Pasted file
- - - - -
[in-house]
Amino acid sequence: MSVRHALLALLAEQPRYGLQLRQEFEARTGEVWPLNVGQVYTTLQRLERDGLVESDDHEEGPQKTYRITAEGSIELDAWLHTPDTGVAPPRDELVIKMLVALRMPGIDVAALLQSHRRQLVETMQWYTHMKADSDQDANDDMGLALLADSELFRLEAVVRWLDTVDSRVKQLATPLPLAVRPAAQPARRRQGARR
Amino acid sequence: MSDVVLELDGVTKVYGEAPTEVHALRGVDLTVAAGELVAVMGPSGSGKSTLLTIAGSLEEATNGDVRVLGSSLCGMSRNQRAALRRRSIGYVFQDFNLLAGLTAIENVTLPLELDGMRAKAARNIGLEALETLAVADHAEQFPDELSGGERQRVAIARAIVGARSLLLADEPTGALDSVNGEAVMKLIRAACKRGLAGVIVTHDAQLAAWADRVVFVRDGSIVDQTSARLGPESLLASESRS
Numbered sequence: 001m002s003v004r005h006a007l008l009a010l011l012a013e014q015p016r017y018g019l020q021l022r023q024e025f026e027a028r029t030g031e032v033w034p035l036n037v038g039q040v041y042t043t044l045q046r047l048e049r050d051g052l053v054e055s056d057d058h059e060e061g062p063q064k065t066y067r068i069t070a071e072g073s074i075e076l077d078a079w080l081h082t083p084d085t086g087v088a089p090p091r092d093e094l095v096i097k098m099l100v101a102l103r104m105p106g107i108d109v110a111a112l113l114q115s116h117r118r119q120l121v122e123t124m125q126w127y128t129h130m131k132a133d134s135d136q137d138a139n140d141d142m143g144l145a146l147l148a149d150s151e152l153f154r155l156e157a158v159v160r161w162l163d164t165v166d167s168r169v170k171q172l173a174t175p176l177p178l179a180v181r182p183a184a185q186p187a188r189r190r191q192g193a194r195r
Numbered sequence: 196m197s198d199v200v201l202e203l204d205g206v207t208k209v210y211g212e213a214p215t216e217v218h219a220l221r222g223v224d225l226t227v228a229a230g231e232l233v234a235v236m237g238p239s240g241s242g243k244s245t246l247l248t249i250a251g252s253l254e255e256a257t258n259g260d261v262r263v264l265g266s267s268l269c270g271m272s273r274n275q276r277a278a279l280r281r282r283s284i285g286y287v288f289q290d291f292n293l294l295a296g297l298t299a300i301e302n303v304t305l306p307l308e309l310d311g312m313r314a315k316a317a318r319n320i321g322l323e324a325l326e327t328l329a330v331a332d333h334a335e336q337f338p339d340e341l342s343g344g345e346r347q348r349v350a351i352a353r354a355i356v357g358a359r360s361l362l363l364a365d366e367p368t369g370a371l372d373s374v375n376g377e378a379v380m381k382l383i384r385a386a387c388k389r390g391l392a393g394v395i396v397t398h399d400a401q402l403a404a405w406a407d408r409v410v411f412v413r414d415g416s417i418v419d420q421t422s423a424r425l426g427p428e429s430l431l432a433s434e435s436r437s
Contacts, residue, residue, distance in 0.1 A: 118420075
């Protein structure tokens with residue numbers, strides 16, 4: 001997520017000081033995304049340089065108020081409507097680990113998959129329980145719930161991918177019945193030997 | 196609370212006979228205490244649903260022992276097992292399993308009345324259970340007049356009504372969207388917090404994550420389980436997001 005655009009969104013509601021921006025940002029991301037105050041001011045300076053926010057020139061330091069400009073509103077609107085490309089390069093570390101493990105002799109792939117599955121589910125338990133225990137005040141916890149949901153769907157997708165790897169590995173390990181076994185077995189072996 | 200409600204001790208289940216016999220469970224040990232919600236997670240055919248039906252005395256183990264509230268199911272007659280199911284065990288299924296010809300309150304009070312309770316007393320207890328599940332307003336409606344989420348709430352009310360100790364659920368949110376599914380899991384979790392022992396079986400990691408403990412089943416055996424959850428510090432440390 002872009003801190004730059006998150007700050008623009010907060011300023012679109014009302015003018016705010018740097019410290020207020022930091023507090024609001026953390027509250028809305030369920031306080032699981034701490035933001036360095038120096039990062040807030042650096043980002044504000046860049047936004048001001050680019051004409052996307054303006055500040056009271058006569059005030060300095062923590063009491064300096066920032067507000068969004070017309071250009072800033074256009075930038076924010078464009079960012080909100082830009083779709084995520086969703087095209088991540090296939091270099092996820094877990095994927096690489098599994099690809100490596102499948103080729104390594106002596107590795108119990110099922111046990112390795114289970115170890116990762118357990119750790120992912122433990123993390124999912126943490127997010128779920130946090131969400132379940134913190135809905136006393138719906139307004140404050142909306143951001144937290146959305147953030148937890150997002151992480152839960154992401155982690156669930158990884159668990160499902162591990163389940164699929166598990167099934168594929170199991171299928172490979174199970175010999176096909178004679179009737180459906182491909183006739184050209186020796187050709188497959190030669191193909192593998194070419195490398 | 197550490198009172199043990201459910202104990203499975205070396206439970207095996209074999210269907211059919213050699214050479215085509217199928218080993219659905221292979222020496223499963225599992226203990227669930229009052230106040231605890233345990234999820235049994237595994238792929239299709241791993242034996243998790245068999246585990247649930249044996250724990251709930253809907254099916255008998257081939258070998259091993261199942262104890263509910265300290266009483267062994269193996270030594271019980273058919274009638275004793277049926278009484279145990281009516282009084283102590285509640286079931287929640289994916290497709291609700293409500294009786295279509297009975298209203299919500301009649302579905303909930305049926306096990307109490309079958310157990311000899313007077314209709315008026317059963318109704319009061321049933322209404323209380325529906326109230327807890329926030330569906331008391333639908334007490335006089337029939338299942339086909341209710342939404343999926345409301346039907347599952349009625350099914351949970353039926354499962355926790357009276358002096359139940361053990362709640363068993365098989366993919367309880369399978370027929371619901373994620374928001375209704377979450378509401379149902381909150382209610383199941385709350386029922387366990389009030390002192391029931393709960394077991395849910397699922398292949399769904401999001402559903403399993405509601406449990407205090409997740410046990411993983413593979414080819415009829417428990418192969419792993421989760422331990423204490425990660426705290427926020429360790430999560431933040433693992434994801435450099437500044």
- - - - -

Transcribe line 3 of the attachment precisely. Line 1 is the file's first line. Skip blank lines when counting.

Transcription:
Amino acid sequence: MSDVVLELDGVTKVYGEAPTEVHALRGVDLTVAAGELVAVMGPSGSGKSTLLTIAGSLEEATNGDVRVLGSSLCGMSRNQRAALRRRSIGYVFQDFNLLAGLTAIENVTLPLELDGMRAKAARNIGLEALETLAVADHAEQFPDELSGGERQRVAIARAIVGARSLLLADEPTGALDSVNGEAVMKLIRAACKRGLAGVIVTHDAQLAAWADRVVFVRDGSIVDQTSARLGPESLLASESRS